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Dannevirke Comes Alive for Matariki

Media Release – 4 June 2014

“Dannevirke Comes Alive for Matariki”

The stars have aligned and the new year has begun for Ngāti Kahungunu as Dannevirke comes alive for a celebration of Matariki.

Local Kaumātua filled the Ruahine Rugby Football Club hall last Friday to launch local festivities at a wine and cheese evening hosted by Kahungunu Ki Tāmaki-nui-a-Rua. The evening included the screening of “Longfin”, a documentary showing the extraordinary lifestyle of the long fin eel (tuna) and the hard work of those involved in its survival.

“Matariki is a time for us to reflect, set new goals and celebrate”, said Hayden Hape, Chairman of the Kahungunu ki Tāmaki-Nui-a-Rua Taiwhenua.

The Taiwhenua will open their new office on High Street at a dawn ceremony on Friday 6th June. “Norsewood based master carver Jeff Bryan has carved an extraordinary piece to stand outside our building. It’s an eye catching statement, second to none for our region”, said Hayden.

A free community concert will round off celebrations at the Dannevirke Town Hall on Friday. The line-up includes Homai Te Pakipaki winner William (Wiz) Tokelau, L-40, Nofo Jay, DJ Rassic, Rezpect Dance Academy, Toni Huata and Te Aute College. There are hot food stalls, hangi, prizes and arts and crafts.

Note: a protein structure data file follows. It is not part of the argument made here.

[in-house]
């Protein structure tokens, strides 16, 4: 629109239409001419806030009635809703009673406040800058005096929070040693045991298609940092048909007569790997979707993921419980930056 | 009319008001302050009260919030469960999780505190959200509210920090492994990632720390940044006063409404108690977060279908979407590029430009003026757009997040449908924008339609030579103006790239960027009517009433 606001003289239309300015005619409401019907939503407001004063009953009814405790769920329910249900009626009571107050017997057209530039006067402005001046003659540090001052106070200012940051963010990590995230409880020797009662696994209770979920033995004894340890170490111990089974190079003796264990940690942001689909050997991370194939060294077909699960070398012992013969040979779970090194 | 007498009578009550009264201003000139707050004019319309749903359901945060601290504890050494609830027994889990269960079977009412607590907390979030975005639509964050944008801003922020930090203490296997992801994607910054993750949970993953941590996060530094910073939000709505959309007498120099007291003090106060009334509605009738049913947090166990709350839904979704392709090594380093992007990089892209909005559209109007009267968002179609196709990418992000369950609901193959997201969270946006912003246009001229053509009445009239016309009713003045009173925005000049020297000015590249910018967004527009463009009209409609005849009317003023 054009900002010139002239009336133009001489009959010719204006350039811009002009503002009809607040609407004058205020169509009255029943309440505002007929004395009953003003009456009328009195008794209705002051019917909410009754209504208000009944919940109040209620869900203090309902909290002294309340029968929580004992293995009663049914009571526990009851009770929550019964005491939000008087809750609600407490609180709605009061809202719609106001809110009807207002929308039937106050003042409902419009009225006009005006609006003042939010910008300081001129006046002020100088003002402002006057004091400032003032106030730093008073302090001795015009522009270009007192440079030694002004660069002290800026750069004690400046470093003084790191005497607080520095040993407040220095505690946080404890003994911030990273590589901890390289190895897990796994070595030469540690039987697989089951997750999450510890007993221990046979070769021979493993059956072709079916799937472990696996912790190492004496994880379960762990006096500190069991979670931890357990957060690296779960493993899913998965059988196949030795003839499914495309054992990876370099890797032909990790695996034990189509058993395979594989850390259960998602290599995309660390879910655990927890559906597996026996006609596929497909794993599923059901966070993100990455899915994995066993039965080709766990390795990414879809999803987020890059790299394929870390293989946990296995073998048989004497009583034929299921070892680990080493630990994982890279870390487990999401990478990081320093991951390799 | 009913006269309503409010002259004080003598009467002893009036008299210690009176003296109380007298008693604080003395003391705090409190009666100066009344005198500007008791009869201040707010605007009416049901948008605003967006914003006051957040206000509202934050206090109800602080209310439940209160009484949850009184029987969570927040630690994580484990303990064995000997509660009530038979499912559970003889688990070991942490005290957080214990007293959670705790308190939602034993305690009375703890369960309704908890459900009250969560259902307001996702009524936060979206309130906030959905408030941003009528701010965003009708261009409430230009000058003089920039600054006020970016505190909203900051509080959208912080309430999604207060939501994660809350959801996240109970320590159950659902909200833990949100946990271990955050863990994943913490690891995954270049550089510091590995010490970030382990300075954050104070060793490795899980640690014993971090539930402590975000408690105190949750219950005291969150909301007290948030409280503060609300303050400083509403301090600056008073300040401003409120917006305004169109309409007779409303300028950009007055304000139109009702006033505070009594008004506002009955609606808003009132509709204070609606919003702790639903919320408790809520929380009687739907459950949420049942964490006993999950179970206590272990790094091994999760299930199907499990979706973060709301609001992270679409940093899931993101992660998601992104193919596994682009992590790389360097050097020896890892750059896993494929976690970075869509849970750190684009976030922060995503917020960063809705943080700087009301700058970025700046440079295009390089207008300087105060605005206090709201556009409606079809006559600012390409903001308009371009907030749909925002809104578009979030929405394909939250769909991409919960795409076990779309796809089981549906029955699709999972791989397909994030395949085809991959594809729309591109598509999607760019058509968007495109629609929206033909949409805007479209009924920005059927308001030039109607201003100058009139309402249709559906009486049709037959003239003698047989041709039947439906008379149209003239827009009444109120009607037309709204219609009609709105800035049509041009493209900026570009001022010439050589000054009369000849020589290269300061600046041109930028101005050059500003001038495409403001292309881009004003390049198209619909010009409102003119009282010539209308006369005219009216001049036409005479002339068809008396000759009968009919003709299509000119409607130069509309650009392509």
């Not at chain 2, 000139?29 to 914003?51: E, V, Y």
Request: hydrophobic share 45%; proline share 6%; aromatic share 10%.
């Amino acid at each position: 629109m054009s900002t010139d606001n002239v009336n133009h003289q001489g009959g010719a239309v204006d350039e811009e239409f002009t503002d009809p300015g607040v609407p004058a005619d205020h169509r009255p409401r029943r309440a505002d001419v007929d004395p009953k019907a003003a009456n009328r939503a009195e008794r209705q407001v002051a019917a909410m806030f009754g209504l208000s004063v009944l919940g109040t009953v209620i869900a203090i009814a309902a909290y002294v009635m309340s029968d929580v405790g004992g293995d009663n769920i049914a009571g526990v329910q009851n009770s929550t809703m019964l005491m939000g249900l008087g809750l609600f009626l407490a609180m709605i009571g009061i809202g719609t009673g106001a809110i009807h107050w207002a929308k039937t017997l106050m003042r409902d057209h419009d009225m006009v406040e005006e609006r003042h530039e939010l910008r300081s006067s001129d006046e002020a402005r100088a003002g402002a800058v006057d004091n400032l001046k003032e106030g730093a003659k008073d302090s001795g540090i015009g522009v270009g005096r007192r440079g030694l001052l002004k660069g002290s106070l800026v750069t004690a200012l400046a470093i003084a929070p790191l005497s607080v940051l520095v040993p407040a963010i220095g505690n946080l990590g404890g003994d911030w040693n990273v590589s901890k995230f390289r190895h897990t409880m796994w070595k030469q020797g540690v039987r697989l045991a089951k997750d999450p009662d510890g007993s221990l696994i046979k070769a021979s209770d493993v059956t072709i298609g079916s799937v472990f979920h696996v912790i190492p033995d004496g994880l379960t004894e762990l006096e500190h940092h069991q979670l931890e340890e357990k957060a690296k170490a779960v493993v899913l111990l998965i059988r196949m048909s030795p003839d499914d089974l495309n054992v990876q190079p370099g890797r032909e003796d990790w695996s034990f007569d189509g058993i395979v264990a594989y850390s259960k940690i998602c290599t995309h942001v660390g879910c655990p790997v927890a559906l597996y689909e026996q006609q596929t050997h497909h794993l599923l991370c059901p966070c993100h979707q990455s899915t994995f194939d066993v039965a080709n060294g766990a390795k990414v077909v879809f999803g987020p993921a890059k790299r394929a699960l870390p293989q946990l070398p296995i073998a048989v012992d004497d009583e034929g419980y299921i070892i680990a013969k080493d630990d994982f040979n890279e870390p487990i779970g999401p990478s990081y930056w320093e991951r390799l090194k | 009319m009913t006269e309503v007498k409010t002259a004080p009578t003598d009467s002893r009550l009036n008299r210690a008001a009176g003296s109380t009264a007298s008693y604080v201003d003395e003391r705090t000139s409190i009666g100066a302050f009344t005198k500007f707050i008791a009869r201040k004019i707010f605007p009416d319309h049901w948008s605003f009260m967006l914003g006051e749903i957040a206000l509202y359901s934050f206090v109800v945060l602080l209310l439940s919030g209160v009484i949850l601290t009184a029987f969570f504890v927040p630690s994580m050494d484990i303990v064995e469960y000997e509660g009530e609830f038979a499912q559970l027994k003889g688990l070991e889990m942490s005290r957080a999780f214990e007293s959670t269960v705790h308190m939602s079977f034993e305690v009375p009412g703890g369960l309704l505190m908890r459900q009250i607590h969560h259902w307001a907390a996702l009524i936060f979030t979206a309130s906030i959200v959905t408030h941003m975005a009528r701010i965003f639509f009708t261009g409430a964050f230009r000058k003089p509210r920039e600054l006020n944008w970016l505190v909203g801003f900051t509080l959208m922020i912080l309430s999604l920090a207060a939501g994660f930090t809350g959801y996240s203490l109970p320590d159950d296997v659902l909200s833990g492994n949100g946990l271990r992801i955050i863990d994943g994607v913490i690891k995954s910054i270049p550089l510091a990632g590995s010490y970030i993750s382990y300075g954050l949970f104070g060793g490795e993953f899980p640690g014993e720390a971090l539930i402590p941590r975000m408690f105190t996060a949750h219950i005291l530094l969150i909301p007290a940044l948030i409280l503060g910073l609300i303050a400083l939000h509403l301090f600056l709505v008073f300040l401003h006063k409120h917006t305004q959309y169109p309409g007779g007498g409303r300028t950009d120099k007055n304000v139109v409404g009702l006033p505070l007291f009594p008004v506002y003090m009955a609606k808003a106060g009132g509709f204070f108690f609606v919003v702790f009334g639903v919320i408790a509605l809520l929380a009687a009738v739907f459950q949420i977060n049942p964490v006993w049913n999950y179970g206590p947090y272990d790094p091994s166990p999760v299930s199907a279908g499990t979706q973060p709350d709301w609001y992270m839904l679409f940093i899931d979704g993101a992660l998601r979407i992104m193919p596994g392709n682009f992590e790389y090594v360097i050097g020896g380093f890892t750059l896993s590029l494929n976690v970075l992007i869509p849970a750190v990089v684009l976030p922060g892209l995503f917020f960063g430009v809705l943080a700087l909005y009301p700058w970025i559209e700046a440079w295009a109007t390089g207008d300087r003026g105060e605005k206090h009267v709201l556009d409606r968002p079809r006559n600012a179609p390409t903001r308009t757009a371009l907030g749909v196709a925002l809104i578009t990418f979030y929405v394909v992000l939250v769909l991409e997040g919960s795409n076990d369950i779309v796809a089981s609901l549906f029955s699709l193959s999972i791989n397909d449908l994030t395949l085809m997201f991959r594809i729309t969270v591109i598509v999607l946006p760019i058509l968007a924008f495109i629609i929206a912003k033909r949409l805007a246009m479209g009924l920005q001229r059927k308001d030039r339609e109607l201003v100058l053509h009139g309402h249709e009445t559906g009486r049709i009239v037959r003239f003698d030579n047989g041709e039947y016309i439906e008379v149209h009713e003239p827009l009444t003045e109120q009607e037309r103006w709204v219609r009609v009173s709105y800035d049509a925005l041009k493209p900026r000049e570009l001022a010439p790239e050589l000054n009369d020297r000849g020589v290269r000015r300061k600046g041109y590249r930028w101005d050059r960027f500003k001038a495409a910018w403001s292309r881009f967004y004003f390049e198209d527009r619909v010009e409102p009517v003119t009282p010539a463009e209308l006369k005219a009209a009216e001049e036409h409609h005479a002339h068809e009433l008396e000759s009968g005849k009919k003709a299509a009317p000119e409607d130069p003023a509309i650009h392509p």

The free Matariki concert starts at 6pm on Friday 6th June at the Dannevirke Town Hall.

About Matariki

Matariki (Pleiades) is a group of seven stars that appear on the eastern horizon in the pre-dawn sky from late May to late July each year. The first sign of the new moon heralds the arrival of Matariki and signals a time of thanksgiving to welcome the new year planting season with feasting, fun and festivity.

About Ngāti Kahungunu

Ngāti Kahungunu has the third largest iwi population. The 2013 NZ Census and Local Government statistics show that 61,626 people or 9.2 percent of the Maori population belong to Ngāti Kahungunu.

A large percentage of Kahungunu people reside outside the traditional iwi boundaries. Many more, not included in the census count, reside overseas. Geographically, Ngāti Kahungunu has the second largest tribal rohe in the country, from the Wharerata ranges in the Wairoa District extending to Cape Palliser in South Wairarapa. The coastal boundaries are Paritu in the North to Turakirae in the South.

About Kahungunu ki Tāmaki-nui-a-Rua

Kahungunu ki Tāmaki-nui-a-Rua Trust is dedicated to supporting hapū by working together to enhance opportunities for development in Tararua.

© Scoop Media

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